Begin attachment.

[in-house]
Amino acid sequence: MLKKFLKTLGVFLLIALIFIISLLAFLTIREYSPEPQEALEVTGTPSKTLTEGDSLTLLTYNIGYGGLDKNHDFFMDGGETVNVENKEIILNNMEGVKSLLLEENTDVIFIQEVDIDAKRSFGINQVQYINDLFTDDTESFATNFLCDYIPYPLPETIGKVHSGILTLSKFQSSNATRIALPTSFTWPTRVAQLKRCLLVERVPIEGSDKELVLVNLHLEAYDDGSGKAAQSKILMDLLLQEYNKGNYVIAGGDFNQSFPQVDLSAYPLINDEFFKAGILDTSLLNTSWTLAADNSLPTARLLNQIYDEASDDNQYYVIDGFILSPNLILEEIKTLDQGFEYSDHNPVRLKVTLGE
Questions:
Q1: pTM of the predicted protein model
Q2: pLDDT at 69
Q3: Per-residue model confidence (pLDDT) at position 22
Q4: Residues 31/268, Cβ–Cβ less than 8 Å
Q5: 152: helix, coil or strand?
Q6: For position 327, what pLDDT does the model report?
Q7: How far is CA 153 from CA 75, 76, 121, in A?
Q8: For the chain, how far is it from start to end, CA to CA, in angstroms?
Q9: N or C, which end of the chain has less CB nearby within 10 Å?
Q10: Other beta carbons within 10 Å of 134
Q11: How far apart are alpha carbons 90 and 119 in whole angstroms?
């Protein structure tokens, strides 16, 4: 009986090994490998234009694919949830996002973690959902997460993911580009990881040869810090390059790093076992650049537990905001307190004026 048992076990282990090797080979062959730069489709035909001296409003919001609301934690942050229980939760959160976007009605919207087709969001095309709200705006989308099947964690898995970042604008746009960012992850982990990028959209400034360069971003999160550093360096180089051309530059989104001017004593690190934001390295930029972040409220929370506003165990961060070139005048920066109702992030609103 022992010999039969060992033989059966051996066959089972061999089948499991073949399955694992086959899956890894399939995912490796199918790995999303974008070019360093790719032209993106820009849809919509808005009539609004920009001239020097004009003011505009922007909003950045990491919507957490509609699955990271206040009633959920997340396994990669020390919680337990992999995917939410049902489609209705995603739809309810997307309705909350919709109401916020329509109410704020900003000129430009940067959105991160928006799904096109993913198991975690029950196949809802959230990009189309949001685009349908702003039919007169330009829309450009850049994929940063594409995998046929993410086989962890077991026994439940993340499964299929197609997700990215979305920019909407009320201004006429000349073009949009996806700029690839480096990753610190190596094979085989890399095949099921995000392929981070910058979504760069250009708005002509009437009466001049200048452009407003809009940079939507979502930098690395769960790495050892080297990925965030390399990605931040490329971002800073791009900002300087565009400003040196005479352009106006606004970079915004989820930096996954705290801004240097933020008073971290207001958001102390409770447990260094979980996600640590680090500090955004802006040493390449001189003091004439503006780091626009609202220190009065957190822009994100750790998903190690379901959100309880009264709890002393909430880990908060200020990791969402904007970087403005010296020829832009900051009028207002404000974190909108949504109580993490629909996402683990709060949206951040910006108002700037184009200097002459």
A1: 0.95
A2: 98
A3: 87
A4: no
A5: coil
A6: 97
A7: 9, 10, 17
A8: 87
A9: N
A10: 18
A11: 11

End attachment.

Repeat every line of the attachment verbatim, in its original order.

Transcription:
[in-house]
Amino acid sequence: MLKKFLKTLGVFLLIALIFIISLLAFLTIREYSPEPQEALEVTGTPSKTLTEGDSLTLLTYNIGYGGLDKNHDFFMDGGETVNVENKEIILNNMEGVKSLLLEENTDVIFIQEVDIDAKRSFGINQVQYINDLFTDDTESFATNFLCDYIPYPLPETIGKVHSGILTLSKFQSSNATRIALPTSFTWPTRVAQLKRCLLVERVPIEGSDKELVLVNLHLEAYDDGSGKAAQSKILMDLLLQEYNKGNYVIAGGDFNQSFPQVDLSAYPLINDEFFKAGILDTSLLNTSWTLAADNSLPTARLLNQIYDEASDDNQYYVIDGFILSPNLILEEIKTLDQGFEYSDHNPVRLKVTLGE
Questions:
Q1: pTM of the predicted protein model
Q2: pLDDT at 69
Q3: Per-residue model confidence (pLDDT) at position 22
Q4: Residues 31/268, Cβ–Cβ less than 8 Å
Q5: 152: helix, coil or strand?
Q6: For position 327, what pLDDT does the model report?
Q7: How far is CA 153 from CA 75, 76, 121, in A?
Q8: For the chain, how far is it from start to end, CA to CA, in angstroms?
Q9: N or C, which end of the chain has less CB nearby within 10 Å?
Q10: Other beta carbons within 10 Å of 134
Q11: How far apart are alpha carbons 90 and 119 in whole angstroms?
């Protein structure tokens, strides 16, 4: 009986090994490998234009694919949830996002973690959902997460993911580009990881040869810090390059790093076992650049537990905001307190004026 048992076990282990090797080979062959730069489709035909001296409003919001609301934690942050229980939760959160976007009605919207087709969001095309709200705006989308099947964690898995970042604008746009960012992850982990990028959209400034360069971003999160550093360096180089051309530059989104001017004593690190934001390295930029972040409220929370506003165990961060070139005048920066109702992030609103 022992010999039969060992033989059966051996066959089972061999089948499991073949399955694992086959899956890894399939995912490796199918790995999303974008070019360093790719032209993106820009849809919509808005009539609004920009001239020097004009003011505009922007909003950045990491919507957490509609699955990271206040009633959920997340396994990669020390919680337990992999995917939410049902489609209705995603739809309810997307309705909350919709109401916020329509109410704020900003000129430009940067959105991160928006799904096109993913198991975690029950196949809802959230990009189309949001685009349908702003039919007169330009829309450009850049994929940063594409995998046929993410086989962890077991026994439940993340499964299929197609997700990215979305920019909407009320201004006429000349073009949009996806700029690839480096990753610190190596094979085989890399095949099921995000392929981070910058979504760069250009708005002509009437009466001049200048452009407003809009940079939507979502930098690395769960790495050892080297990925965030390399990605931040490329971002800073791009900002300087565009400003040196005479352009106006606004970079915004989820930096996954705290801004240097933020008073971290207001958001102390409770447990260094979980996600640590680090500090955004802006040493390449001189003091004439503006780091626009609202220190009065957190822009994100750790998903190690379901959100309880009264709890002393909430880990908060200020990791969402904007970087403005010296020829832009900051009028207002404000974190909108949504109580993490629909996402683990709060949206951040910006108002700037184009200097002459």
A1: 0.95
A2: 98
A3: 87
A4: no
A5: coil
A6: 97
A7: 9, 10, 17
A8: 87
A9: N
A10: 18
A11: 11